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The two main types of assets are current assets and non-current assets. These classifications are used to aggregate assets into different blocks on the balance sheet, so that one can discern the relative liquidity of the assets of an organization.

Current assets are expected to be consumed within one year, and commonly include the following line items:

Non-current assets are also known as long-term assets, and are expected to continue to be productive for a business for more than one year. The line items usually included in this classification are:

Tangible fixed assets (such as buildings, equipment, furniture, land, and vehicles)

Intangible fixed assets (such as patents, copyrights, and trademarks)

The classifications used to define assets change when viewed from an investment perspective. In this situation, there are growth assets and defensive assets. These types are used to differentiate between the manner in which investment income is generated from different types of assets.

Growth assets generate income for the holder from rents, appreciation in value, or dividends. The values of these assets can rise in value to generate a return for the holder, but there is a risk that their valuations can also decline. Examples of growth assets are:

Defensive assets generate income for the holder primarily from interest. The values of these assets tend to hold steady or can decline after the effects of inflation are considered, and so tend to be a more conservative form of investment. Examples of defensive assets are:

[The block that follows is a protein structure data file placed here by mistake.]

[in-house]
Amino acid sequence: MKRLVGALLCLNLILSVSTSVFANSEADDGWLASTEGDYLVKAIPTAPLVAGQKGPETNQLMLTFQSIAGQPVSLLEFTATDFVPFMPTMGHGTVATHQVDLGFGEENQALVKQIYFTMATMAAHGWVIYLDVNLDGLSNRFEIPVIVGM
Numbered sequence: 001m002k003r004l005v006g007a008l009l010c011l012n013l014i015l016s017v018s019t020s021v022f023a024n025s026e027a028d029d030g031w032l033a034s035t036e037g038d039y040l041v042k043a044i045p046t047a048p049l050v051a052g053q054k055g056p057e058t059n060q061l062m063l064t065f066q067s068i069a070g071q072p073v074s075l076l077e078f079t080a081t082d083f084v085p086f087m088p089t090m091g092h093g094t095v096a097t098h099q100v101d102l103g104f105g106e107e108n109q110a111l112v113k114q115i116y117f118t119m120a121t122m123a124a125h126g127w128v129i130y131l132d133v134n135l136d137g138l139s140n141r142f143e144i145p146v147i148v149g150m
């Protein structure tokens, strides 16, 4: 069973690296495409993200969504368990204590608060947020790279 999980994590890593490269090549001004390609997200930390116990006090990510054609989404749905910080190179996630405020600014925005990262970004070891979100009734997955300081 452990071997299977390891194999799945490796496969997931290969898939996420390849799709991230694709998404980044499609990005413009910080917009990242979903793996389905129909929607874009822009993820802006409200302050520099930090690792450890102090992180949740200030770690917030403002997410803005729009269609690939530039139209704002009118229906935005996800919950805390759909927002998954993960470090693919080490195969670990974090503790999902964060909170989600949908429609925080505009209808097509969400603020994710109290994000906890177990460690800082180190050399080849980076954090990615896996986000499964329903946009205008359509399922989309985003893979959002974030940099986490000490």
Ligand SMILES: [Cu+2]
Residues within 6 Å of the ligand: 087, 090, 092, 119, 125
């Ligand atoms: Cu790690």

Assets may also be classified as tangible or intangible assets. Intangible assets lack physical substance, while tangible assets have the reverse characteristic. Most of an organization’s assets are usually classified as tangible assets. Examples of intangible assets are copyrights, patents, and trademarks. Examples of tangible assets are vehicles, buildings, and inventory.

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1. Open an account and fund it.

First, choose what kind of account you want to open, then fill out the application online. E*TRADE offers a number of different accounts, including:

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  • Brokerage accounts. You can establish a standard brokerage account, Coverdell Education Savings Account, or custodial account for the benefit of a minor.
  • Retirement accounts. Choices include traditional IRA , Roth IRA , or rollover IRA.